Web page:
Henry Lin and Dylan Rothman visit China: Former students make a difference through the Ren Foundation

Nicole Nappi, Contributing Writer

Over the summer, Schreiber alumni Henry Lin and Dylan Rothman (Class of 2015) visited China to do volunteer work through their organization: The Ren Foundation, which is a nonprofit that has the goal of helping children in poverty living in China.  It intends to create a link between The American and Chinese cultures.

In order to promote change in educational policies, Lin and Rothman traveled through China with the objective of learning about the everyday life of the Chinese people and to helping young children learn and grow.

A fundraising concert hosted in June 2015 at Schreiber and an appreciated donation from the Rotar Club helped Lin and Rothman raise $2837. This money went towards purchasing and ultimately donating 500 pairs of rain boots, 500 backpacks, and a laptop to one of the local schools.

“We started by donating much-needed supplies to the children of the local community we visited.  Supplies like backpacks, writing tools, and rain boots are scarce, and most children don’t have them,” said Rothman.

The children shared different aspects of their culture with the duo.  For example, they taught Lin and Rothman about local herbs and traditional games.  During their time there, Lin and Rothman were able to get a glimpse at a completely different way of life.

“I learned what true poverty is by living in it, if only for a very short amount of time. The first night I arrived in the village, I was shocked by how dilapidated the buildings were and how the locals live with so little. We were so far from an urban area, and I realized that the locals have no medical or dental care, and are basically on their own when it comes to life,” said Lin.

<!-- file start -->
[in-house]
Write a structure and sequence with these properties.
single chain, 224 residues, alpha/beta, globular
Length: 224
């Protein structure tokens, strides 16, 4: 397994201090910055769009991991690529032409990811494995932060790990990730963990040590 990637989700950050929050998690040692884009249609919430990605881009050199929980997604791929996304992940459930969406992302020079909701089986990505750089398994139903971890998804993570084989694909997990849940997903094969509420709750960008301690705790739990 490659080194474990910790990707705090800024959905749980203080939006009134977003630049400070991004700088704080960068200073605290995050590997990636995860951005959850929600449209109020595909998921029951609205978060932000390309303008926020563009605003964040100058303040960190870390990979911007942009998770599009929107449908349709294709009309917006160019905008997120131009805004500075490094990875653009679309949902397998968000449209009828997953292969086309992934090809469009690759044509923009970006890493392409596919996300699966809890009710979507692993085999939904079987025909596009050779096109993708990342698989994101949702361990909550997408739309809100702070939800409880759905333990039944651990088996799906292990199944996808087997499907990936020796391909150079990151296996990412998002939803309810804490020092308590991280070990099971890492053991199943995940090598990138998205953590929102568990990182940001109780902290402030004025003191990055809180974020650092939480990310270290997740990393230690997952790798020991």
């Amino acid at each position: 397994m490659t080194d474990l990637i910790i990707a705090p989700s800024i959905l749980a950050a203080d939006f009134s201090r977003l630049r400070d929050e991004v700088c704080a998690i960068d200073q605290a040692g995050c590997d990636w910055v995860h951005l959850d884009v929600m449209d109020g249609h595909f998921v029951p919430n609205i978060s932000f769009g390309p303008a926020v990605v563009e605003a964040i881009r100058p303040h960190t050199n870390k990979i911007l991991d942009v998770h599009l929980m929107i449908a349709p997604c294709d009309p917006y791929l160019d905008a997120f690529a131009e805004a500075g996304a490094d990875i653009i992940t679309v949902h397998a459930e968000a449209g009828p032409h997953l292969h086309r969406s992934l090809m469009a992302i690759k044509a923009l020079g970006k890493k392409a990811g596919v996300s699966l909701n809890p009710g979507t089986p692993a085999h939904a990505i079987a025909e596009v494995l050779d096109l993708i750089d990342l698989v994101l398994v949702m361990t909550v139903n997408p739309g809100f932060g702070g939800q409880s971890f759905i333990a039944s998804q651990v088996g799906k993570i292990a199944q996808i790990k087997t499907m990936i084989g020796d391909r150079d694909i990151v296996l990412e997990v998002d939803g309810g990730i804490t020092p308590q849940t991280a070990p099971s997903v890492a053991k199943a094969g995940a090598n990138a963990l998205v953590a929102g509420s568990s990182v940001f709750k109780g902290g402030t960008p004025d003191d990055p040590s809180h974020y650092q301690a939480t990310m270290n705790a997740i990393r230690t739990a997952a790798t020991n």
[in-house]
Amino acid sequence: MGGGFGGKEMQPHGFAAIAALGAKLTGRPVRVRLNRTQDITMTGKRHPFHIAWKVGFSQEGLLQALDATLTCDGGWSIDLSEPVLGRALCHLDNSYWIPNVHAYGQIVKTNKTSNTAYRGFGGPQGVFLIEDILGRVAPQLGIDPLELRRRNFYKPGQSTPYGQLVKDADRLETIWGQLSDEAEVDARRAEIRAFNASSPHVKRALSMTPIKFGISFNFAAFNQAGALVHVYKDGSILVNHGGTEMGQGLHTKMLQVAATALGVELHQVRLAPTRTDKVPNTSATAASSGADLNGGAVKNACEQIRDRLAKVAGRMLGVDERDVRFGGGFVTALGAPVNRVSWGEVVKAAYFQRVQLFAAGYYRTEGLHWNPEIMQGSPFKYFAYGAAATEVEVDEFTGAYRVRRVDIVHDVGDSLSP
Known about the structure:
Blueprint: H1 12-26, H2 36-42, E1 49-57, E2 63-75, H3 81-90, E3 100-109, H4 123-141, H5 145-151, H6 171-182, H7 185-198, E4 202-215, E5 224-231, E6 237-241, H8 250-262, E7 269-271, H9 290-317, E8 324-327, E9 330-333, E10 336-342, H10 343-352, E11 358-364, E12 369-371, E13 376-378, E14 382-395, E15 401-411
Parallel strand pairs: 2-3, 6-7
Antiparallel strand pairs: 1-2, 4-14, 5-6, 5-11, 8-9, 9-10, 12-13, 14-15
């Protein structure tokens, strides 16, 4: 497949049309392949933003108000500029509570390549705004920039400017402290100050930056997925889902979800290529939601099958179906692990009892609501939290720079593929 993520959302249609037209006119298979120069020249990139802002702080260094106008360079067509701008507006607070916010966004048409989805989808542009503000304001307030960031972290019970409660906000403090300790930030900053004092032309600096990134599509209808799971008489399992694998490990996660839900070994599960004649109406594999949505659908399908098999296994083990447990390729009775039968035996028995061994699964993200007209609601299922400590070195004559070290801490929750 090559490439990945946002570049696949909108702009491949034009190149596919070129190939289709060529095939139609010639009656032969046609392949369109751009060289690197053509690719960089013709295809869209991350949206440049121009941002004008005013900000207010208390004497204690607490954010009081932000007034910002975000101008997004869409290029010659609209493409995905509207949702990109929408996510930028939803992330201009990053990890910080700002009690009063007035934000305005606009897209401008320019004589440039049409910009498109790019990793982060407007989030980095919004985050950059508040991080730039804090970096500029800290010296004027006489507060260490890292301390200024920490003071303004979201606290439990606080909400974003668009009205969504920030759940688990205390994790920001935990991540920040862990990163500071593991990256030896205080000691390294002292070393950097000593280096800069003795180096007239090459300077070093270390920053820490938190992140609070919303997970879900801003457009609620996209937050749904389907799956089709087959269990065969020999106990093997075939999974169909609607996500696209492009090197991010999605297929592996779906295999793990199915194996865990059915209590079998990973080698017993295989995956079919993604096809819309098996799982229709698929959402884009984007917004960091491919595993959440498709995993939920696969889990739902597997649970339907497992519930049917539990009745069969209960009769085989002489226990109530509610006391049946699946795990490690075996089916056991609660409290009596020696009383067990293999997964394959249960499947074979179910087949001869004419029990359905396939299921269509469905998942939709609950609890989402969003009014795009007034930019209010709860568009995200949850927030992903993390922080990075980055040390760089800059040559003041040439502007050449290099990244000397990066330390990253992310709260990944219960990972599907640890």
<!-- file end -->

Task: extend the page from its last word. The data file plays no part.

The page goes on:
Lin and Rothman feel that, as a country, we do not realize that other nations are facing issues far worse than our own.

Experiencing life in a remote society that has not really advanced with the rest of the world was a challenging adjustment to face, especially compared to growing up in a place like Port.

“I think that my experience in China helped me become more compassionate towards foreign people in America and motivated me to appreciate the opportunities and advantages I don’t even notice in my life,” said Rothman.

Rothman feels this experience has only brought upon positive attributes within his personality.  He thinks it has bettered him as a person, and taught him to appreciate what he has.

“This was such a positive experience.  I have forged lasting memories that I am confident will stay with me for the rest of my life,” said Rothman.